• Anytime they announce the GDP numbers, they have already taken inflation into account; the publicly announced GDP number is always adjusted for the publicly announced inflation rate, in theory. So, for example (to use highly simplified math to keep this column short), if economists see a 4% increase when inflation is at 2%, they deduct the two from the four, and announce that the GDP growth is at 2%. That’s how it’s always described, and in theory, it makes perfect sense.
  • The problem is, there is massive disagreement about what the inflation rate is right now. Most onlookers agree that inflation has been vastly understated for decades, but especially during the Biden-Harris regime. Most inflation averages leave out food and energy because they tend to be somewhat volatile, but opponents argue that food and energy have skyrocketed so much – from groceries to restaurant dining, from the car’s gas tank to the energy bills of homes and factories – that the exclusion of such figures from the calculation of an inflation rate makes a mockery of the very idea of a publicly acknowledged inflation rate.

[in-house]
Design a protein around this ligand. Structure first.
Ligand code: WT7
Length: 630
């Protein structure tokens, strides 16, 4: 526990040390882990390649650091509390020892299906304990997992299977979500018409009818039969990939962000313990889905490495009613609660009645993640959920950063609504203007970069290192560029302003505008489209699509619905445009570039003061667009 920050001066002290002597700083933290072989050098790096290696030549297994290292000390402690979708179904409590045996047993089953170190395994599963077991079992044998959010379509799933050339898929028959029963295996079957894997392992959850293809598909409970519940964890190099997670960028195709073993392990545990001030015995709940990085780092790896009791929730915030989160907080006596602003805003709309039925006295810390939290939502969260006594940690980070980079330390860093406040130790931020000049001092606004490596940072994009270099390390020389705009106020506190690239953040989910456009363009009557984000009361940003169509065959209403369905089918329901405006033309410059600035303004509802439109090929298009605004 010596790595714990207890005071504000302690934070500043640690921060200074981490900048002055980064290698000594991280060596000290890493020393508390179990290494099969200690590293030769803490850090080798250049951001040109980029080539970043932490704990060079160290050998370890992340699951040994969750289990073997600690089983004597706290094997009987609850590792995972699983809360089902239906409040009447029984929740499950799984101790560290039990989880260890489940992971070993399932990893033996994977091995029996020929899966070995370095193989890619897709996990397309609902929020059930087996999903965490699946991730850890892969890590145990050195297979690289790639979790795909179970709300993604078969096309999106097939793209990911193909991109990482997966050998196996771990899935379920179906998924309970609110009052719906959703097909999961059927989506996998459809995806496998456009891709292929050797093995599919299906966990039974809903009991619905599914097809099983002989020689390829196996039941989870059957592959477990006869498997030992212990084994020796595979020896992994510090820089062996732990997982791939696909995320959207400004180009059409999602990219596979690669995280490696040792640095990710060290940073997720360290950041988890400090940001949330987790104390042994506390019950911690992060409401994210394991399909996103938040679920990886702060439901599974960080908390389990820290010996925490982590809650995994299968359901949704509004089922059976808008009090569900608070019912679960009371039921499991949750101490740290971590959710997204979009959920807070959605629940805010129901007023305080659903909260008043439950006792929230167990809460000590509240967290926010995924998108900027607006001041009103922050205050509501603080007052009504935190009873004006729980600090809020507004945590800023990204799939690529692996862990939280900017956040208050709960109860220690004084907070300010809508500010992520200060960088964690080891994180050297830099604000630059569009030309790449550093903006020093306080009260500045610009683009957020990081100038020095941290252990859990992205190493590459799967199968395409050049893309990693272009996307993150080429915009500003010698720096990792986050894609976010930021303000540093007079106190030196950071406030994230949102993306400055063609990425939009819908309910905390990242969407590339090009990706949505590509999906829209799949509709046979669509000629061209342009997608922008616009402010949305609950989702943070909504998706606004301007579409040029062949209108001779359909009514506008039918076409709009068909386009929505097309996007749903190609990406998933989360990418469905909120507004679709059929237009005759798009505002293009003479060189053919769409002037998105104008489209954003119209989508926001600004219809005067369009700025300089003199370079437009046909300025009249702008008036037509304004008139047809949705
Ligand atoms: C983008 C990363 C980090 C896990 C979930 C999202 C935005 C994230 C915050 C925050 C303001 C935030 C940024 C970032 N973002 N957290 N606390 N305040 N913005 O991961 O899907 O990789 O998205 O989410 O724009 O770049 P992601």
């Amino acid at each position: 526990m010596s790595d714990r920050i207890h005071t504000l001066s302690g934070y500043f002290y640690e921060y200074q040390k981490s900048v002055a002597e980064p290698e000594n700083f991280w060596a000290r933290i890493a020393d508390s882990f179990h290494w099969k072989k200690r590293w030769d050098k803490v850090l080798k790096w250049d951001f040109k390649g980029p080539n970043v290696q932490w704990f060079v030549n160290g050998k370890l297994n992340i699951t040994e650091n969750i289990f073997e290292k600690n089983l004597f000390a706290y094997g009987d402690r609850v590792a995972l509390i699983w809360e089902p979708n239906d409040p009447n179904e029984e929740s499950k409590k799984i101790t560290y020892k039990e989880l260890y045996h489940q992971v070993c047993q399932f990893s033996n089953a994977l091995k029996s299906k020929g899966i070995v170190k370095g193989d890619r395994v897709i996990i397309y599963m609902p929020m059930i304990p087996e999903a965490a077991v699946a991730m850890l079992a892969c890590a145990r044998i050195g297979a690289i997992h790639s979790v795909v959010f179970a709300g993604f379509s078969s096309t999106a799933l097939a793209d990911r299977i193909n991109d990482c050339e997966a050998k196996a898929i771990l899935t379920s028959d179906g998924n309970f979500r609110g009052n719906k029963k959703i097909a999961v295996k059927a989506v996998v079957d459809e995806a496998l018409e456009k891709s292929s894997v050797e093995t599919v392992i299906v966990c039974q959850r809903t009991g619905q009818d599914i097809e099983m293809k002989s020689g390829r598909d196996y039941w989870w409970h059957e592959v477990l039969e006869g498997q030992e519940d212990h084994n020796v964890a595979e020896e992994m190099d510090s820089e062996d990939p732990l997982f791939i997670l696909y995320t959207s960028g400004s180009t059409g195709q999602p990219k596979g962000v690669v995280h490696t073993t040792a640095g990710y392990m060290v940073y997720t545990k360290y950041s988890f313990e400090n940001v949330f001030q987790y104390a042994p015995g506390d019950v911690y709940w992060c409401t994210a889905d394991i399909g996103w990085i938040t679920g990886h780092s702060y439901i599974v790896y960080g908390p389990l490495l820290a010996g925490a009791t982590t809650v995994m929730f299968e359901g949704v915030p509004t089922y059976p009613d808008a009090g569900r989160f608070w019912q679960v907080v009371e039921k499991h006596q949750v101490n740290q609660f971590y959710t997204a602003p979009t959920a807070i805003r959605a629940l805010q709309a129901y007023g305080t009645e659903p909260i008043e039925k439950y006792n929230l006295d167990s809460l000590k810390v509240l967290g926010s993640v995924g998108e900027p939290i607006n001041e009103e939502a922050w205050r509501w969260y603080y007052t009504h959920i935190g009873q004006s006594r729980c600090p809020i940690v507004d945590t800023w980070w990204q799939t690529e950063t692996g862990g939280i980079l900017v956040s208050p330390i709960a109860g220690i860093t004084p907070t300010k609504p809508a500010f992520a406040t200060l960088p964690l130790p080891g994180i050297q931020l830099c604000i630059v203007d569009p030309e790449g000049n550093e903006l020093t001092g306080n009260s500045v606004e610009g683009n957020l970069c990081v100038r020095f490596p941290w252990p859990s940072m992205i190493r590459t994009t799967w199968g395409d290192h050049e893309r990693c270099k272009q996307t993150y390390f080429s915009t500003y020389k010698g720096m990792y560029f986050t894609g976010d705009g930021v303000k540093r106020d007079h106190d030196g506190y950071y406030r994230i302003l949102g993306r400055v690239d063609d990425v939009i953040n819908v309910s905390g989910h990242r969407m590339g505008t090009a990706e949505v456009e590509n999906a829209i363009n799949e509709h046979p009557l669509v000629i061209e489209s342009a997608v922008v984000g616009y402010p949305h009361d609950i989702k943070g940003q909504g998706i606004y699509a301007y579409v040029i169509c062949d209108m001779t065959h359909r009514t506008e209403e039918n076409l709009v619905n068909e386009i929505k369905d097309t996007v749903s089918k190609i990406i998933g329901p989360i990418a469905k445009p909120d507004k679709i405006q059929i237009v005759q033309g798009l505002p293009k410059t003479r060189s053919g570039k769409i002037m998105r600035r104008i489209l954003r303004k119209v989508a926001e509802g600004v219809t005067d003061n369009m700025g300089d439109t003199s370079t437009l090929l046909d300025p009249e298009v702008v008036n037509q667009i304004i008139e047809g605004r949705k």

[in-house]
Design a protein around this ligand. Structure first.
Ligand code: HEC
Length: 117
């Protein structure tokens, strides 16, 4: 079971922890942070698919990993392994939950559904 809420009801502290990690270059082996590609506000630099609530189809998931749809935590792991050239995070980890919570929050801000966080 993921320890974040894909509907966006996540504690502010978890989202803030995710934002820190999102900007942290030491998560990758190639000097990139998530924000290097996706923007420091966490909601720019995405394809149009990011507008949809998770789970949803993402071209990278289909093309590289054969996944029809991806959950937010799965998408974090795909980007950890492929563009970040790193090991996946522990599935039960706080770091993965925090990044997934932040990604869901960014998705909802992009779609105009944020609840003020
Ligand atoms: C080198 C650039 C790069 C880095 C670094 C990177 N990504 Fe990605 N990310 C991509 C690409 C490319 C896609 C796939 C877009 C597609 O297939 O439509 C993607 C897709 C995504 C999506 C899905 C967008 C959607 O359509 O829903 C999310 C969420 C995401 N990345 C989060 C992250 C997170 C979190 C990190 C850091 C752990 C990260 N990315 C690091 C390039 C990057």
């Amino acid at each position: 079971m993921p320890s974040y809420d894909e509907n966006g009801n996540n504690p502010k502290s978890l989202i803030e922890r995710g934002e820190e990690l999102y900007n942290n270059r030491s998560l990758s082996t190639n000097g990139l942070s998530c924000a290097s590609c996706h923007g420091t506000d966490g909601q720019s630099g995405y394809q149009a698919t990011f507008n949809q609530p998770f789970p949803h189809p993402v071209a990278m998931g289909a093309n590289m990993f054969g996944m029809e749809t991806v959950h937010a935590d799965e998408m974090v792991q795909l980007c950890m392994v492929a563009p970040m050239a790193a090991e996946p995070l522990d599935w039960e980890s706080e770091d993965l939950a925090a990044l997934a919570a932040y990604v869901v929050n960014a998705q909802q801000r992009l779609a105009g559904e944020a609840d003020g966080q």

Let’s consider what that means. If GDP subtracts inflation, but virtually everyone admits that inflation is considerably understated, then the GDP number itself is almost worthless, because it’s not subtracting enough.

We may not all agree on what inflation is right now – because it may indeed be different for different people – although that’s not really as unusual as it may seem.

If car prices are going up, then that only affects you if you buy a car during that period. You may not buy a car one year, so those increased prices won’t hit you that year. But what if the heavy inflation lasts four years? Can you put off the new car purchase, which has now doubled in price, that long? The inflation in auto purchases will eventually hit everybody.